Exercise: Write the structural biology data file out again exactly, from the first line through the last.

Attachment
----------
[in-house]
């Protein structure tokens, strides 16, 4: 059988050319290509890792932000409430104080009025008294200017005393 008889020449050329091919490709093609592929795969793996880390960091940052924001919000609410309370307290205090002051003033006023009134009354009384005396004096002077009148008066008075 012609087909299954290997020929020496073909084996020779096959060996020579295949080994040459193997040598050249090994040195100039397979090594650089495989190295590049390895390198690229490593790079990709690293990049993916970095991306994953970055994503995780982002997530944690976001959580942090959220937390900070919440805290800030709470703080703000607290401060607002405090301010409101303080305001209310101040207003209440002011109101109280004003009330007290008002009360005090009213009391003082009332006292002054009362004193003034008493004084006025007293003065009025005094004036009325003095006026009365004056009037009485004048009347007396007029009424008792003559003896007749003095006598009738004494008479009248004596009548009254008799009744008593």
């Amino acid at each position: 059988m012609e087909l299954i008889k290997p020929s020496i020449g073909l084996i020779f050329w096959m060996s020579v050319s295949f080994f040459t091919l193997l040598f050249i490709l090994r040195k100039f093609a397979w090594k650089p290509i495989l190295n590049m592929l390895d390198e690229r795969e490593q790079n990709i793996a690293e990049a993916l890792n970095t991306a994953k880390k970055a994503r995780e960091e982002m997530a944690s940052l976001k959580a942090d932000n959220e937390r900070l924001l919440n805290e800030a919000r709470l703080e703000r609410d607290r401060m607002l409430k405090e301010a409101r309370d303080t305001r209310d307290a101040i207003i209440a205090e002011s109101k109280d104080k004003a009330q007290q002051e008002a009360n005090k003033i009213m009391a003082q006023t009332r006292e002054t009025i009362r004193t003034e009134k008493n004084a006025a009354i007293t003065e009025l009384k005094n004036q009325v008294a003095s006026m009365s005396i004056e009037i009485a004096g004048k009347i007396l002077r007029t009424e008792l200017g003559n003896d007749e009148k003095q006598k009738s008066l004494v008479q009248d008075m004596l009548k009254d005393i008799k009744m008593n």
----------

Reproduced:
[in-house]
């Protein structure tokens, strides 16, 4: 059988050319290509890792932000409430104080009025008294200017005393 008889020449050329091919490709093609592929795969793996880390960091940052924001919000609410309370307290205090002051003033006023009134009354009384005396004096002077009148008066008075 012609087909299954290997020929020496073909084996020779096959060996020579295949080994040459193997040598050249090994040195100039397979090594650089495989190295590049390895390198690229490593790079990709690293990049993916970095991306994953970055994503995780982002997530944690976001959580942090959220937390900070919440805290800030709470703080703000607290401060607002405090301010409101303080305001209310101040207003209440002011109101109280004003009330007290008002009360005090009213009391003082009332006292002054009362004193003034008493004084006025007293003065009025005094004036009325003095006026009365004056009037009485004048009347007396007029009424008792003559003896007749003095006598009738004494008479009248004596009548009254008799009744008593």
């Amino acid at each position: 059988m012609e087909l299954i008889k290997p020929s020496i020449g073909l084996i020779f050329w096959m060996s020579v050319s295949f080994f040459t091919l193997l040598f050249i490709l090994r040195k100039f093609a397979w090594k650089p290509i495989l190295n590049m592929l390895d390198e690229r795969e490593q790079n990709i793996a690293e990049a993916l890792n970095t991306a994953k880390k970055a994503r995780e960091e982002m997530a944690s940052l976001k959580a942090d932000n959220e937390r900070l924001l919440n805290e800030a919000r709470l703080e703000r609410d607290r401060m607002l409430k405090e301010a409101r309370d303080t305001r209310d307290a101040i207003i209440a205090e002011s109101k109280d104080k004003a009330q007290q002051e008002a009360n005090k003033i009213m009391a003082q006023t009332r006292e002054t009025i009362r004193t003034e009134k008493n004084a006025a009354i007293t003065e009025l009384k005094n004036q009325v008294a003095s006026m009365s005396i004056e009037i009485a004096g004048k009347i007396l002077r007029t009424e008792l200017g003559n003896d007749e009148k003095q006598k009738s008066l004494v008479q009248d008075m004596l009548k009254d005393i008799k009744m008593n």